These amps have changed hands a number of times, and in all cases had the 60Hz heater supply hum issue I mentioned above - the result of an incorrectly connected wire.  Music has an organic quality that I find somewhat lacking in my other 300B amplifiers.  I have always found the topology of the input/driver stage to have a definite influence on the voicing of an amplifier, and, with the generally conventional implementation of the 300B final stage, I think the paralleled sections of the 6SL7 and 6AC7 metal envelope valve are key components of the sound of this amp.  Unlike the Welborne Labs Moondogs we're so familiar with, the heater supply that's shared by both front-end tubes are floated approximately 120VDC above ground (with center tap of the 6.3V supply connected to cap-filtered approx. 120VDC source directly off the 5AR4 rectifier.  I encountered this one other time in a Bruce Rozenblit (now Transcendent Sound) line stage preamp design I built in.....let's see....1993, I think it was, from a schematic published in Glass Audio magazine (now sorely missed!).  It's amazing to me that that was nine or ten years before I first logged onto this forum!

 

There was also the problem associated with the epoxy that holds the solder terminal boards to the chassis.  I had the same issue with my Moondogs, where the epoxy used had either been old or not entirely well/correctly mixed.  Each Laurel Monoblock had a few boards just sort of hanging in space with wires connected to them.  Anyway,  a well-worth-while project that took more time than I anticipated.  I thank the owner for his exceptional patience -- especially with my possibly a bit overly-meticulous approach.  I just have a high standard for BOTH safety and performance, and want to make sure what I do is the very best I can do.

 

So, to the Papa of these awesome Welborne Labs Laurel II mono blocks:  Thanks for your patience and allowing me to work on these classic SET amplifiers! :) 

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Hi Erik !!

 

Was sorta wondering this :

 

Does your personally - owned MOTH 6SL7-2A3 DC amp fit into any pecking order of your " to do " modification projects?  If so, where?

 

Regards and Best Wishes,

 

Jeffrey Medwin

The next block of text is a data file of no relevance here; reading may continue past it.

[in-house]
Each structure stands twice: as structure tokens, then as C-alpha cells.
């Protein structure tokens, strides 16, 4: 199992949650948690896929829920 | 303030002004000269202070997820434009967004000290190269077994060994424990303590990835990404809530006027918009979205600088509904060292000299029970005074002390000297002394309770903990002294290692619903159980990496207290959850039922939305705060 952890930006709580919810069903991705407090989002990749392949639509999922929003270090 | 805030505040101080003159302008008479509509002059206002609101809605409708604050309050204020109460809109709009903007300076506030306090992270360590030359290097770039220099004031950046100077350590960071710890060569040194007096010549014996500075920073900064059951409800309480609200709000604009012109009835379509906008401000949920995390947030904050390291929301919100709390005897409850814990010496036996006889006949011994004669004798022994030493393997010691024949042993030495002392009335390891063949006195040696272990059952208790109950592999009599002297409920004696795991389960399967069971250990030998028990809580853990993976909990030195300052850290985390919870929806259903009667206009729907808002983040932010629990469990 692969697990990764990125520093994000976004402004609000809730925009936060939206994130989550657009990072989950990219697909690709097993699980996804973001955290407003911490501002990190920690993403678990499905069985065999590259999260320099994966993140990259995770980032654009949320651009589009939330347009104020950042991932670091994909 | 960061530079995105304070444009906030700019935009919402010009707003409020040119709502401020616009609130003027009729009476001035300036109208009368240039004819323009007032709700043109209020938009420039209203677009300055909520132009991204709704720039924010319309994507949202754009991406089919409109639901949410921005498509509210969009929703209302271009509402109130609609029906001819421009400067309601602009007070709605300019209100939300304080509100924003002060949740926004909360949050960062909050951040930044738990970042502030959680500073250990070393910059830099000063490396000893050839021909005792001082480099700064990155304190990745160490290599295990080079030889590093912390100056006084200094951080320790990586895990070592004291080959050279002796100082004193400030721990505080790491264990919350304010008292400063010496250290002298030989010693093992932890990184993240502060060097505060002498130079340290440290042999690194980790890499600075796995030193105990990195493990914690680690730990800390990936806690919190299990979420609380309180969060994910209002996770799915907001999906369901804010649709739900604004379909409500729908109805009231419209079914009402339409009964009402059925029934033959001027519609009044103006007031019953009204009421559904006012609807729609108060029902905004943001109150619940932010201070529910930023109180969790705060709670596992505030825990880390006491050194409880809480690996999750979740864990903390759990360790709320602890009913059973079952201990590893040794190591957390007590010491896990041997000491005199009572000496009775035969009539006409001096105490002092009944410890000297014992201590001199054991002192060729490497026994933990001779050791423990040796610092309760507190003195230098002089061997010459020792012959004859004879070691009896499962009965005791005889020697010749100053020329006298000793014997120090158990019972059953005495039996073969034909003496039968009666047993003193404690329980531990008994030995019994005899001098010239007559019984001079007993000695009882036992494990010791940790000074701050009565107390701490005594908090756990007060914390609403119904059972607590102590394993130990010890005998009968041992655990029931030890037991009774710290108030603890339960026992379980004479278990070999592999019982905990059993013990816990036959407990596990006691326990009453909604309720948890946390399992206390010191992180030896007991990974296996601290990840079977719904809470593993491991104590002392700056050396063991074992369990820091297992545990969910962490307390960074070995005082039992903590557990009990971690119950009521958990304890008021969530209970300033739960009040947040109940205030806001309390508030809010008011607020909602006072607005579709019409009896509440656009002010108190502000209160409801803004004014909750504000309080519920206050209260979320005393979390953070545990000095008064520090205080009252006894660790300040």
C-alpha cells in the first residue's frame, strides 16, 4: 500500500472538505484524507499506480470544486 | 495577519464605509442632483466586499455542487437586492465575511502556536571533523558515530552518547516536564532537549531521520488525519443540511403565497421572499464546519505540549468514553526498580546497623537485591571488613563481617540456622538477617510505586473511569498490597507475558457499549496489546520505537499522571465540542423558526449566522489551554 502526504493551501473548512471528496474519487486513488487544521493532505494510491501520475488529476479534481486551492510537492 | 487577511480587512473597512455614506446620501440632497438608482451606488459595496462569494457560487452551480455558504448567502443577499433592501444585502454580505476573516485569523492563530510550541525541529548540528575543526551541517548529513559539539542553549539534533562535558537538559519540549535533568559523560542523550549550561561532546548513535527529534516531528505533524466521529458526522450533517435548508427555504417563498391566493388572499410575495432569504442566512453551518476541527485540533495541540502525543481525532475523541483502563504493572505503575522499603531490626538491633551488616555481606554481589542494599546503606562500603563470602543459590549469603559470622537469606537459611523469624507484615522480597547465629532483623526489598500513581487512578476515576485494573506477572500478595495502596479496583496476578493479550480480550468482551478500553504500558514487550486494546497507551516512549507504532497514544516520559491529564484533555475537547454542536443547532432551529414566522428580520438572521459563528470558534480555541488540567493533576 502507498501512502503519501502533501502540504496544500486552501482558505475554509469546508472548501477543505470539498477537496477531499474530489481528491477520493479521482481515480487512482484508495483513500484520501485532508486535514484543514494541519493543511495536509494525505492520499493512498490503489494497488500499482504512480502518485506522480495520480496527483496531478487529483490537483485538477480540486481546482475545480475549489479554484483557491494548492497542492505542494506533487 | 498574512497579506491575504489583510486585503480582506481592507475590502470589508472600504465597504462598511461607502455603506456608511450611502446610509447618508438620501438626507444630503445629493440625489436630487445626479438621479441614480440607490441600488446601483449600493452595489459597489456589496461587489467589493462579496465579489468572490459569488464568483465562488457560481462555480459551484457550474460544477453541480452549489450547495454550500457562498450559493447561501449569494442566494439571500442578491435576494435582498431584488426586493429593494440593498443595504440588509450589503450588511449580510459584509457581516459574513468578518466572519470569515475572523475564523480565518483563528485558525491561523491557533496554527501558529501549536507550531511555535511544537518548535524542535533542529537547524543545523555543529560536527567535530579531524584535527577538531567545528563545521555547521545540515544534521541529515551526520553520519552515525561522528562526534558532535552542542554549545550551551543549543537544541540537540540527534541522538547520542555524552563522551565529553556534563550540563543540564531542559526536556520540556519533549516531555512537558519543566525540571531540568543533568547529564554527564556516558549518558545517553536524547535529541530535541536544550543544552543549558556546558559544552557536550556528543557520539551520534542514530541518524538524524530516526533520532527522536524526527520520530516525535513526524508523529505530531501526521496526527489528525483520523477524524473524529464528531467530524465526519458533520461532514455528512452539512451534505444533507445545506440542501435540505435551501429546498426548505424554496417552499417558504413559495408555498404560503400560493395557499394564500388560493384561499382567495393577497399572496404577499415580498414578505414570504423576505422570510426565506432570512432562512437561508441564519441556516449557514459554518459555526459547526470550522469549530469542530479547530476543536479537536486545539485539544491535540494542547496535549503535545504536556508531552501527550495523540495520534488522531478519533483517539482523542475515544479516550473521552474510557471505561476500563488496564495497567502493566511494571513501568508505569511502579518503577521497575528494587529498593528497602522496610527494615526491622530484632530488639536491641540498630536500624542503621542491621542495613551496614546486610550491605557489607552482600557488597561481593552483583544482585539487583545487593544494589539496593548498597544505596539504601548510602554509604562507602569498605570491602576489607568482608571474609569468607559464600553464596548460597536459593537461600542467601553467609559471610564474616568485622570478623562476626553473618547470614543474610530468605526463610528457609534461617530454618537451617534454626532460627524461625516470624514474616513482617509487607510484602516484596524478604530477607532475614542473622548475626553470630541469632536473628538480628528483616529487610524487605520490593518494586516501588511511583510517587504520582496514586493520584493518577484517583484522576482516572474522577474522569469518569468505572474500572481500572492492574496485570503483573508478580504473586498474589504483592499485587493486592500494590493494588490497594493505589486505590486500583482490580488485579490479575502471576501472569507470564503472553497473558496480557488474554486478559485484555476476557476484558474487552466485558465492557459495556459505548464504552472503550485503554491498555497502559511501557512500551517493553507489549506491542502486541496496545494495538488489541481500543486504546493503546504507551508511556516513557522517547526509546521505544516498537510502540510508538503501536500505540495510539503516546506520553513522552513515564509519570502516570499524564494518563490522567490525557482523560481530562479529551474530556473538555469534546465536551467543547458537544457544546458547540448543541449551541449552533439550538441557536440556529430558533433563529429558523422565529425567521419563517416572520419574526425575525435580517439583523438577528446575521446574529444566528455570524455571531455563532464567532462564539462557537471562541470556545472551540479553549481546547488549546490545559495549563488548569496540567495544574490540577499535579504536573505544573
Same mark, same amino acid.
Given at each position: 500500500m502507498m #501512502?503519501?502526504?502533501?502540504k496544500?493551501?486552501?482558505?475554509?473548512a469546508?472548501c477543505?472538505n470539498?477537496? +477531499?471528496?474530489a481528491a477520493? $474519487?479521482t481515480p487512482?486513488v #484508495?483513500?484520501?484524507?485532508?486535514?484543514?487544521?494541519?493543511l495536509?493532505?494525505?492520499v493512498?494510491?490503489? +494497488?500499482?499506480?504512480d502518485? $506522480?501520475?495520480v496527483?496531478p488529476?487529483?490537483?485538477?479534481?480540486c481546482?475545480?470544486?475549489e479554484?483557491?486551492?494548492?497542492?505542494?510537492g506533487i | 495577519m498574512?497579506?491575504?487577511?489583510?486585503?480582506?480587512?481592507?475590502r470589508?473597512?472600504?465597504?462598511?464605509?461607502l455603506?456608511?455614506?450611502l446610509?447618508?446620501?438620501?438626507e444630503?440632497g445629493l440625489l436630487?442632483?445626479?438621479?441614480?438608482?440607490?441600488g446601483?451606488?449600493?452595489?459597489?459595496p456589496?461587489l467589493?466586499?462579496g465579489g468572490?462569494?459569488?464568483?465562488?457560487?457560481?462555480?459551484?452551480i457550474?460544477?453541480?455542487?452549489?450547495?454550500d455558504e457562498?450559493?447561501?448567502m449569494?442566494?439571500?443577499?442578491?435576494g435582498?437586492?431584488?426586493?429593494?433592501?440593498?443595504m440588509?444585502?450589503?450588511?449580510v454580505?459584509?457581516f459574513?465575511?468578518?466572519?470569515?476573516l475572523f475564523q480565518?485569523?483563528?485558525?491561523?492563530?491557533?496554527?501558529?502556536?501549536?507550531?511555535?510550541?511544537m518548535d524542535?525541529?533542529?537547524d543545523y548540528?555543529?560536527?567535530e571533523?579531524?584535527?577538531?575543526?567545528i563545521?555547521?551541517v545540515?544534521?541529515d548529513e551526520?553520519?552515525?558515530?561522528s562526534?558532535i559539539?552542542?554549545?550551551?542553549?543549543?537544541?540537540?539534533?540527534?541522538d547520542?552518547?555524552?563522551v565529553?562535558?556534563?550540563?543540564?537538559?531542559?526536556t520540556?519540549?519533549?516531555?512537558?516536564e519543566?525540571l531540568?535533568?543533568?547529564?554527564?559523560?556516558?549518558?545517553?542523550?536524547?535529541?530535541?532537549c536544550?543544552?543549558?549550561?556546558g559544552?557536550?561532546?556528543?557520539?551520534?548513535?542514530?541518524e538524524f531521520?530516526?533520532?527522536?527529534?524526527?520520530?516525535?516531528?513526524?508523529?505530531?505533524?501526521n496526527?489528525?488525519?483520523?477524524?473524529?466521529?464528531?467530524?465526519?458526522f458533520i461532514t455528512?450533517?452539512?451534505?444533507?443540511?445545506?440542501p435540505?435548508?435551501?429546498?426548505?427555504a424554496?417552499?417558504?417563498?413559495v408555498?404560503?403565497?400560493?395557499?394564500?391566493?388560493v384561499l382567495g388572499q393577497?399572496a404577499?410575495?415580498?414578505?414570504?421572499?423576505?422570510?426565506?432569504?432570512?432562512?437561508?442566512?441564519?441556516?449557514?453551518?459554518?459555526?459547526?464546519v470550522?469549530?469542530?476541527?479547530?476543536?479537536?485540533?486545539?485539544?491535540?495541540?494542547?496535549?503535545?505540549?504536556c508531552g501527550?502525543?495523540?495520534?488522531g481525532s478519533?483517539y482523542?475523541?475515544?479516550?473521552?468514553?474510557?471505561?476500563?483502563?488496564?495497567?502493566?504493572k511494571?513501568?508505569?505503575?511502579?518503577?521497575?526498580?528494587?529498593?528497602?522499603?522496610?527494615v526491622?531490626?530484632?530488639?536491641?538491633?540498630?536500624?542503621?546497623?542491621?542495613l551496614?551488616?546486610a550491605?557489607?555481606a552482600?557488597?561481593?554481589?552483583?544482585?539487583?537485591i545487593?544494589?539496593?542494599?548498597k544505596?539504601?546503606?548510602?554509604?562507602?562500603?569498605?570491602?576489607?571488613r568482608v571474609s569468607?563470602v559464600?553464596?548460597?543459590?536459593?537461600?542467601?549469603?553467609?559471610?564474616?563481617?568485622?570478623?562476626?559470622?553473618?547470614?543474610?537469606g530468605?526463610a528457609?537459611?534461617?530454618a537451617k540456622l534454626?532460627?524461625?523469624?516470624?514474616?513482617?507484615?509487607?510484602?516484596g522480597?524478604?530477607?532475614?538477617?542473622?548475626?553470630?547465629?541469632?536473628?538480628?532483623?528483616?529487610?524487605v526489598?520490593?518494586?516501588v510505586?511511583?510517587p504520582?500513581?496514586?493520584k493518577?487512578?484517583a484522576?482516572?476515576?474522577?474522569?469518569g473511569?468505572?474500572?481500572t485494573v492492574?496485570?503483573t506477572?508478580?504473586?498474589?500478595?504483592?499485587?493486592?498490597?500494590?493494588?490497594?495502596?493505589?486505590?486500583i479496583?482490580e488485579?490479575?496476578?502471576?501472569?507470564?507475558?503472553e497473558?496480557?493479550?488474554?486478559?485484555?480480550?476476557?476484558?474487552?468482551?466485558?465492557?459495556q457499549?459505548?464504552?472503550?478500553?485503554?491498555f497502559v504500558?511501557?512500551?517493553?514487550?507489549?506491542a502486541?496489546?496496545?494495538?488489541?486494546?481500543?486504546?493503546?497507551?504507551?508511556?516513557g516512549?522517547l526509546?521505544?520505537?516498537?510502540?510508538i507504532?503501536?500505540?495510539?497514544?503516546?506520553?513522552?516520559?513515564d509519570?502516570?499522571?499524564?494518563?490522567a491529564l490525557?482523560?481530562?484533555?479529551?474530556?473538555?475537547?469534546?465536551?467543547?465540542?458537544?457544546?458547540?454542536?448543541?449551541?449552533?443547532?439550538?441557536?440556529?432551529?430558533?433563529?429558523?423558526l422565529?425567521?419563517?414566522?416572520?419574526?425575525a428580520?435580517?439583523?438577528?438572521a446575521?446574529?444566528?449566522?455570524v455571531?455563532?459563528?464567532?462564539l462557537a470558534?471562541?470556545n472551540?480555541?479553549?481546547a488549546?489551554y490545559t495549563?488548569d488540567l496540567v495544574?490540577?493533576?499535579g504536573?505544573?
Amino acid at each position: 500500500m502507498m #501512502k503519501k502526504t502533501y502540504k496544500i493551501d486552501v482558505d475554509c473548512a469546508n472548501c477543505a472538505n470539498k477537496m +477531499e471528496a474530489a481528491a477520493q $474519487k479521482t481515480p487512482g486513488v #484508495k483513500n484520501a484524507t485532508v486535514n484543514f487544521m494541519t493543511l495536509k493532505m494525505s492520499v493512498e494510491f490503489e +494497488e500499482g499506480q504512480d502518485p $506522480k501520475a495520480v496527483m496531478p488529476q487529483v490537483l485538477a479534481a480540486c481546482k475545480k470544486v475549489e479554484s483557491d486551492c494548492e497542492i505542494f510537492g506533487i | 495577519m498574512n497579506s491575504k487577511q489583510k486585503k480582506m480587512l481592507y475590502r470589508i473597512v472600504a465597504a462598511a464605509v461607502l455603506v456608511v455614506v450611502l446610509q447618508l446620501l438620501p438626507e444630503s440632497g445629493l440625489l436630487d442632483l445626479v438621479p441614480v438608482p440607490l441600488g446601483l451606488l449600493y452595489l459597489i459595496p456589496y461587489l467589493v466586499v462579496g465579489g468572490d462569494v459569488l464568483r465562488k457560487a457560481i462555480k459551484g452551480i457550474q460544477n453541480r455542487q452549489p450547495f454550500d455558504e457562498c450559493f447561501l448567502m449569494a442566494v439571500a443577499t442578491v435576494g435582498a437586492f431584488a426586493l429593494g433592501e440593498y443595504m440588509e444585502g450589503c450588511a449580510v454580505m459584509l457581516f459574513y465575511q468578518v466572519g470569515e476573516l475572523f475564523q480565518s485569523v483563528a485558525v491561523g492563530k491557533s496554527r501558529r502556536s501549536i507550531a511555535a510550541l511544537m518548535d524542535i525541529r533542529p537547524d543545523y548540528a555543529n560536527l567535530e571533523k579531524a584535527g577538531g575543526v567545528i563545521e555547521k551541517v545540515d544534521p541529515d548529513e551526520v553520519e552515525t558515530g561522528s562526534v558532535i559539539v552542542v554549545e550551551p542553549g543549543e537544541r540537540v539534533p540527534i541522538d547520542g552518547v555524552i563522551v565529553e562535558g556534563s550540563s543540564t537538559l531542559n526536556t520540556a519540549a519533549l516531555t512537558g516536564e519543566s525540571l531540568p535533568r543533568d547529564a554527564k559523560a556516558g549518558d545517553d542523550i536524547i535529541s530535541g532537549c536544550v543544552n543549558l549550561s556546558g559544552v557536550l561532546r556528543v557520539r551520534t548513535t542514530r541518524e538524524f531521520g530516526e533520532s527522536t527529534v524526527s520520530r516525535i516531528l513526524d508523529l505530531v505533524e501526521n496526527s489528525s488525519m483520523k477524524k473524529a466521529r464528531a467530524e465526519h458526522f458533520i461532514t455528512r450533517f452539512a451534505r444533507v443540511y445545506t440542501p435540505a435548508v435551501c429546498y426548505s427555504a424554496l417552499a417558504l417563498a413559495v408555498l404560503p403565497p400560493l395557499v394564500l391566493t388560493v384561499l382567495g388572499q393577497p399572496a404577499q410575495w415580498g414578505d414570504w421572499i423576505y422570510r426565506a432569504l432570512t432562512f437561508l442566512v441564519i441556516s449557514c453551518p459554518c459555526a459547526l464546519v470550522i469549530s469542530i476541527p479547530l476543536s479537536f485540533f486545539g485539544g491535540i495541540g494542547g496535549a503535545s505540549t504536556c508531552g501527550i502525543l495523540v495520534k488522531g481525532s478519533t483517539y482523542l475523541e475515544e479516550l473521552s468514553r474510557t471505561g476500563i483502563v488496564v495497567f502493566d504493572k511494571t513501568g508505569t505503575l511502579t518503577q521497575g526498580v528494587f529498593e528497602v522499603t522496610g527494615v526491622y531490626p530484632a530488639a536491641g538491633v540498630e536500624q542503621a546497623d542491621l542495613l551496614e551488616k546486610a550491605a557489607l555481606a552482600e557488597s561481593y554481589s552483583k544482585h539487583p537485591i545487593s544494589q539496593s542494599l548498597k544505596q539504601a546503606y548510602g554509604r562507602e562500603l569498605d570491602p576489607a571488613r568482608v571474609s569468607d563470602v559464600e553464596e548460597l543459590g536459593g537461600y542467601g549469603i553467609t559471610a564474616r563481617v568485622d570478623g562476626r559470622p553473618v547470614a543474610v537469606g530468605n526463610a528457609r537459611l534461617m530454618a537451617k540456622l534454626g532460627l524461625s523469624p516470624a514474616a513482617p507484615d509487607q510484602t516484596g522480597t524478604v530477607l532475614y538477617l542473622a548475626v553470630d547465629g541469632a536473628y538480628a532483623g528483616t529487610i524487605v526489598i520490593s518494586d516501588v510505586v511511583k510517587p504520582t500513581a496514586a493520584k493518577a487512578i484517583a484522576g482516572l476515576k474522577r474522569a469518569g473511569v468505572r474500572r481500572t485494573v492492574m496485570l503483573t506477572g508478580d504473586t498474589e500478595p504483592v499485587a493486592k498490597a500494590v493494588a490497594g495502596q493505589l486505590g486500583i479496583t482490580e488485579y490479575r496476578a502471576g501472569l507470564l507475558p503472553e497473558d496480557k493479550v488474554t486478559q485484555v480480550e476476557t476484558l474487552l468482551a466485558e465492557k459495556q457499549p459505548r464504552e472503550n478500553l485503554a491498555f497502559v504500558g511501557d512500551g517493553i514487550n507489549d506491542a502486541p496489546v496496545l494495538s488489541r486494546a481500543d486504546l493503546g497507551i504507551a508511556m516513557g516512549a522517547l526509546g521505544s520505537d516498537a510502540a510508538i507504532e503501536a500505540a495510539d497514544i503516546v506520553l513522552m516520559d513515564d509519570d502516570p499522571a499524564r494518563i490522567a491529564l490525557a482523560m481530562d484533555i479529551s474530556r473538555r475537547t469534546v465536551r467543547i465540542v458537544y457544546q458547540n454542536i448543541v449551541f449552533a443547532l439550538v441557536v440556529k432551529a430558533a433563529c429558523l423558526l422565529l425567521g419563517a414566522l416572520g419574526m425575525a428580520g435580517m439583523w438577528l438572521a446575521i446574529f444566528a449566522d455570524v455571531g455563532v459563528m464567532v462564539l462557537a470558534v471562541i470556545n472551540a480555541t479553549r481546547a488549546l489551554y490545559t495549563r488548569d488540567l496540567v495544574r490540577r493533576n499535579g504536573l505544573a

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5 hours ago, erik2A3 said:

... I thank the owner for his exceptional patience -- especially with my possibly a bit overly-meticulous approach.  I just have a high standard for BOTH safety and performance, and want to make sure what I do is the very best I can do.

 

So, to the Papa of these awesome Welborne Labs Laurel II mono blocks:  Thanks for your patience and allowing me to work on these classic SET amplifiers! :) 

 

Words fail to describe the amazingly generous journey Erik has taken me on through my amps!  He is unparalleled in his constancy of communication about his progress, in his knowledge about every component of the circuit and their interaction... and yes Meticulous! - an artist really!  I'm excited to hear what you've wrought Erik!

 

thanks a million!😀

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You are welcome!  Glad to help get these great amplifiers up and running well again!

 

Jeff:  There is indeed a pecking order in a queue of several such projects, and I just told my wife yesterday that the Moth Si2A3 rebuild was next!  After that I decided it would be fun to build an amplifier consisting, ONLY, of parts I happen to have on hand right now, and using our heavy-duty cheesecake spring-form pan for the chassis.  Thanks for remembering the Moth!  Visually, it's definitely one of my favorites.  I'm primarily interested in re-working the power supply.

 

 

 

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1 hour ago, erik2A3 said:

You are welcome!  Glad to help get these great amplifiers up and running well again!